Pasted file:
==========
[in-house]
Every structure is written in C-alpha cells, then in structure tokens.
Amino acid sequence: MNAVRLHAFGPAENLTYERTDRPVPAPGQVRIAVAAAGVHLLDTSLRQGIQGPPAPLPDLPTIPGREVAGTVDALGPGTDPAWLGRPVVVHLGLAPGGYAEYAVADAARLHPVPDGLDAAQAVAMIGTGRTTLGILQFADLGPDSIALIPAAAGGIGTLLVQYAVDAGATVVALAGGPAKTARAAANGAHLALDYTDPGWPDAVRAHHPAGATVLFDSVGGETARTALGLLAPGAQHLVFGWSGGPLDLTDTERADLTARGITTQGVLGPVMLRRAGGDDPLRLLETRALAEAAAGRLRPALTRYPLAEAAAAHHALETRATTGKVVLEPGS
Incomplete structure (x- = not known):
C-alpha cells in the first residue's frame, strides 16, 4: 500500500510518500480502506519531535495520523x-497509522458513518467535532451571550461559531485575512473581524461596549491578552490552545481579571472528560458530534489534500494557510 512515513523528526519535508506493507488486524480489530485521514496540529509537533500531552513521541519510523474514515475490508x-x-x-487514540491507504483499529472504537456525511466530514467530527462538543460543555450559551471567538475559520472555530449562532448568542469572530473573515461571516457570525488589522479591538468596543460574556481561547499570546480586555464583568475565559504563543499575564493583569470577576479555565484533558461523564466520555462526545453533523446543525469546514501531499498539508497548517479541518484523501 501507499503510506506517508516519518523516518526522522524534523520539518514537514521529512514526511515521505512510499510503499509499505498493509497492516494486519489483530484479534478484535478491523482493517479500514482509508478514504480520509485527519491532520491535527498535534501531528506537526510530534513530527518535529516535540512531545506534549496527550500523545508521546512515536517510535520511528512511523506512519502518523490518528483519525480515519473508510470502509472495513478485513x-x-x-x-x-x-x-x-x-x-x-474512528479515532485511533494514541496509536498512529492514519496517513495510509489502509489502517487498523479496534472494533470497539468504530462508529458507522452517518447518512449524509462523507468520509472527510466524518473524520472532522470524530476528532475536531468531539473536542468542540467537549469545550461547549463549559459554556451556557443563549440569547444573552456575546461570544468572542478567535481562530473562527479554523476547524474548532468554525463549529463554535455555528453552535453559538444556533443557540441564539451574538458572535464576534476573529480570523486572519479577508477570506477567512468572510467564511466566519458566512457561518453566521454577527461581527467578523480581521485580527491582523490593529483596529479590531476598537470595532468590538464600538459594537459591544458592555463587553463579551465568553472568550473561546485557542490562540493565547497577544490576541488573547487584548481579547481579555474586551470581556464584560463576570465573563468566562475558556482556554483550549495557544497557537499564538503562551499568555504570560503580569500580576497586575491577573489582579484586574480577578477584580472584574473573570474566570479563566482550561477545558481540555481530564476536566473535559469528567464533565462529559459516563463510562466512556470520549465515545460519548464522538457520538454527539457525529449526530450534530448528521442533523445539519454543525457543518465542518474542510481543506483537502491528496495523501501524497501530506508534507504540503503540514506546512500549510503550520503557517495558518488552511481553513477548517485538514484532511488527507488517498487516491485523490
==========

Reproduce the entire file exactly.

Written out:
[in-house]
Every structure is written in C-alpha cells, then in structure tokens.
Amino acid sequence: MNAVRLHAFGPAENLTYERTDRPVPAPGQVRIAVAAAGVHLLDTSLRQGIQGPPAPLPDLPTIPGREVAGTVDALGPGTDPAWLGRPVVVHLGLAPGGYAEYAVADAARLHPVPDGLDAAQAVAMIGTGRTTLGILQFADLGPDSIALIPAAAGGIGTLLVQYAVDAGATVVALAGGPAKTARAAANGAHLALDYTDPGWPDAVRAHHPAGATVLFDSVGGETARTALGLLAPGAQHLVFGWSGGPLDLTDTERADLTARGITTQGVLGPVMLRRAGGDDPLRLLETRALAEAAAGRLRPALTRYPLAEAAAAHHALETRATTGKVVLEPGS
Incomplete structure (x- = not known):
C-alpha cells in the first residue's frame, strides 16, 4: 500500500510518500480502506519531535495520523x-497509522458513518467535532451571550461559531485575512473581524461596549491578552490552545481579571472528560458530534489534500494557510 512515513523528526519535508506493507488486524480489530485521514496540529509537533500531552513521541519510523474514515475490508x-x-x-487514540491507504483499529472504537456525511466530514467530527462538543460543555450559551471567538475559520472555530449562532448568542469572530473573515461571516457570525488589522479591538468596543460574556481561547499570546480586555464583568475565559504563543499575564493583569470577576479555565484533558461523564466520555462526545453533523446543525469546514501531499498539508497548517479541518484523501 501507499503510506506517508516519518523516518526522522524534523520539518514537514521529512514526511515521505512510499510503499509499505498493509497492516494486519489483530484479534478484535478491523482493517479500514482509508478514504480520509485527519491532520491535527498535534501531528506537526510530534513530527518535529516535540512531545506534549496527550500523545508521546512515536517510535520511528512511523506512519502518523490518528483519525480515519473508510470502509472495513478485513x-x-x-x-x-x-x-x-x-x-x-474512528479515532485511533494514541496509536498512529492514519496517513495510509489502509489502517487498523479496534472494533470497539468504530462508529458507522452517518447518512449524509462523507468520509472527510466524518473524520472532522470524530476528532475536531468531539473536542468542540467537549469545550461547549463549559459554556451556557443563549440569547444573552456575546461570544468572542478567535481562530473562527479554523476547524474548532468554525463549529463554535455555528453552535453559538444556533443557540441564539451574538458572535464576534476573529480570523486572519479577508477570506477567512468572510467564511466566519458566512457561518453566521454577527461581527467578523480581521485580527491582523490593529483596529479590531476598537470595532468590538464600538459594537459591544458592555463587553463579551465568553472568550473561546485557542490562540493565547497577544490576541488573547487584548481579547481579555474586551470581556464584560463576570465573563468566562475558556482556554483550549495557544497557537499564538503562551499568555504570560503580569500580576497586575491577573489582579484586574480577578477584580472584574473573570474566570479563566482550561477545558481540555481530564476536566473535559469528567464533565462529559459516563463510562466512556470520549465515545460519548464522538457520538454527539457525529449526530450534530448528521442533523445539519454543525457543518465542518474542510481543506483537502491528496495523501501524497501530506508534507504540503503540514506546512500549510503550520503557517495558518488552511481553513477548517485538514484532511488527507488517498487516491485523490